Local governments have a whole slate of new projects hitting Le Sueur County in 2021. Major street repairs are taking place in Le Sueur and Le Center, downtown Le Sueur is undergoing a renovation, Cleveland’s improving its meter system, and Le Sueur County is seeing a staffing shakeup.

Here are some of the major projects and government business that Le Sueur County residents can expect in 2021.

Le Sueur

The upcoming year is expected to be a big one for infrastructure in Le Sueur with reconstruction on major roadways and the redevelopment of the downtown area.

South Main Street

The city of Le Sueur has begun planning for a new reconstruction project on South Main Street and County Road 36 scheduled for 2022. (Carson Hughes/southrnminn.com)

In a joint effort with Le Sueur County, the city of Le Sueur recently began planning phases for the reconstruction of South Main Street. The project would stretch from South Main Street up to the intersection with Ferry Street, and Ferry Street into the intersection with South Fourth Street.

Construction on South Main Street, which is part of County Road 36, would begin in 2022, but planning will be conducted through 2021. A public open house and a public hearing on the project is scheduled for spring 2021 and the final design for the project would be approved in December 2021. Bids would be awarded in March 2022 and construction would run from April into October 2022.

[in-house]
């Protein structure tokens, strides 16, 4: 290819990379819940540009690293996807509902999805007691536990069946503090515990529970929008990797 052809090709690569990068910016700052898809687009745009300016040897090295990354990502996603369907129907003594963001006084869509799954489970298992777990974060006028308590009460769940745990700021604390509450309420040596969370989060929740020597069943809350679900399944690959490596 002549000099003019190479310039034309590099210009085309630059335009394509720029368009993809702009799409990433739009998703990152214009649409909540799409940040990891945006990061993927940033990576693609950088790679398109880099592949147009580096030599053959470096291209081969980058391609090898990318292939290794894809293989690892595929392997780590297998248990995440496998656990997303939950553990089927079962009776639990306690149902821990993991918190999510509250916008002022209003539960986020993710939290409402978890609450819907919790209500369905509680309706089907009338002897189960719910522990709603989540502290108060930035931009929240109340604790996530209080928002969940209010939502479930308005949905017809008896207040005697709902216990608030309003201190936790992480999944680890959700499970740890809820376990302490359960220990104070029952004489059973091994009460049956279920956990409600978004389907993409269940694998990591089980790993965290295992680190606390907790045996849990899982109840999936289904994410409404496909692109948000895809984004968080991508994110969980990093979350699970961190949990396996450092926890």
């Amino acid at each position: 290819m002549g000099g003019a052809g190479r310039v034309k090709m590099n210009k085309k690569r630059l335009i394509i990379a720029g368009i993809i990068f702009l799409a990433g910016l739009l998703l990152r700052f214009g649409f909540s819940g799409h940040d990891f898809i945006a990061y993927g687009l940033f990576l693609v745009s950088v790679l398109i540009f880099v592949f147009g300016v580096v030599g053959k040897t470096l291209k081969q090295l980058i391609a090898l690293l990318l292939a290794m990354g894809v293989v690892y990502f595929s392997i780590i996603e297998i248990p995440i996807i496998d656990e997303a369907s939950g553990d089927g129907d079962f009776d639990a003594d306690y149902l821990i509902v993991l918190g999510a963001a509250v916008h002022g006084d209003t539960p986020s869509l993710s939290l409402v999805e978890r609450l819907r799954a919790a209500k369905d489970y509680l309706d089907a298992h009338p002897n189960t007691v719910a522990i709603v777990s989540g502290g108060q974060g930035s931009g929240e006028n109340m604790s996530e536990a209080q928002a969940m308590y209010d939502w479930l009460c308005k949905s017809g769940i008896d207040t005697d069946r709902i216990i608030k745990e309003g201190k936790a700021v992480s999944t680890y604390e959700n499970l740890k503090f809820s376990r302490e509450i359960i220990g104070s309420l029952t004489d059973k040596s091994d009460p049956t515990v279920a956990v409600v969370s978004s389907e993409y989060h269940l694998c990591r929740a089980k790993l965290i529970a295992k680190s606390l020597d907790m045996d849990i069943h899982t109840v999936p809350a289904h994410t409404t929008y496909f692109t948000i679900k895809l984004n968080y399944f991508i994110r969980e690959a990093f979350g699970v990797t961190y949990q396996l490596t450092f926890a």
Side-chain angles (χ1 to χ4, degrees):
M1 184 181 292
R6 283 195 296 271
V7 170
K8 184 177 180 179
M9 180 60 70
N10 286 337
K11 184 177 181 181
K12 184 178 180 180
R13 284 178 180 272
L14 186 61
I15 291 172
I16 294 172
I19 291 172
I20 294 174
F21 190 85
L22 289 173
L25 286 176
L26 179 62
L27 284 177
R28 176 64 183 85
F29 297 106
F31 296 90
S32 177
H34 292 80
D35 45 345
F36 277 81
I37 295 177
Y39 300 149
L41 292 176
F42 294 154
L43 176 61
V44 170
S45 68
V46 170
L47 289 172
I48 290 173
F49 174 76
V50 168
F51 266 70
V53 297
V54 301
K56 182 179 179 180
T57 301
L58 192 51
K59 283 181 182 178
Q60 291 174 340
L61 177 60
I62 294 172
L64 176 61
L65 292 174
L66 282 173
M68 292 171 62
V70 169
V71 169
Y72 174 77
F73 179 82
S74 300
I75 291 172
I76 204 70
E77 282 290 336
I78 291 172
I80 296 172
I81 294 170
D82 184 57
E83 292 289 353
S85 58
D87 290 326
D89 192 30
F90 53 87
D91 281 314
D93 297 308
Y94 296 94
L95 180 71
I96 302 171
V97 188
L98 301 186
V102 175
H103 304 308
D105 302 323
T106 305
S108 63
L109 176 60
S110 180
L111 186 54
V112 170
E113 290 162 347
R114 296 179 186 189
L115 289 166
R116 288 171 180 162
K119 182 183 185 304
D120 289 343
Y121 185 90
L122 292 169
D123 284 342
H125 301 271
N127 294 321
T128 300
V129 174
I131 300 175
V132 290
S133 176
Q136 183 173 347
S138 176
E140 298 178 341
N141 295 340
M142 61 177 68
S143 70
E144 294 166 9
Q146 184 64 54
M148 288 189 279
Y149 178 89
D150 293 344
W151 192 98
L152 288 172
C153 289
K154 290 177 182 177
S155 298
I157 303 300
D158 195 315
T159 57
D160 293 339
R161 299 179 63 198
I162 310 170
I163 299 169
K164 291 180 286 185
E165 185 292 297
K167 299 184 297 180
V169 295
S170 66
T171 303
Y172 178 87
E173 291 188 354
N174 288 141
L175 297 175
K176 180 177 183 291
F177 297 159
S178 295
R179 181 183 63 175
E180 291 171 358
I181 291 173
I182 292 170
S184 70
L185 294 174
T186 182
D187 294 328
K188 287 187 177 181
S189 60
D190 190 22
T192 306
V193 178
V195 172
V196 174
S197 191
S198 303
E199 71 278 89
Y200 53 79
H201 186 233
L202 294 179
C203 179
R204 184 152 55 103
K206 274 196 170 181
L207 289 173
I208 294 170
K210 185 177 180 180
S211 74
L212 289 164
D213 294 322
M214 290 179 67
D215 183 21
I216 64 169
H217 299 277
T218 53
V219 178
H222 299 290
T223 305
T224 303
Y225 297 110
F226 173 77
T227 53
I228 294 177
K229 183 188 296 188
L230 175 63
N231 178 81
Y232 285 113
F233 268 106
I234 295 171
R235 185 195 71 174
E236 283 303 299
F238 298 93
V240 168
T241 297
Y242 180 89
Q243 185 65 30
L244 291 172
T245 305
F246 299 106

According to preliminary estimates, the full cost of the project is expected to total $6 million. Upgrading utilities, which is expected to cost $2.5 million, would be covered by the city of Le Sueur while Le Sueur County would be on the hook to fund the remaining, covering $3.5 million in reconstruction costs.

One of the issues facing the end of South Main Street is a lack of full availability of sanitary sewer and water. The project would extend those utilities to turn South Main into a full service area.

In addition to the reconstruction on South Main Street, the project will result in the transfer of ownership of County Road 37 (Bridge Street, North Fourth Street and North Fifth Street) over to the City of Le Sueur.

That’s not the only facelift sections of Main Street will see this year. The reconnection of North and South Main Street is scheduled for completion by the end of the year, hopefully in time for Christmas on Main. Main Street has been separated since the Valley Green Square Mall was developed in the 1970’s, but with the reconnection the road will finally be able to host thru-traffic.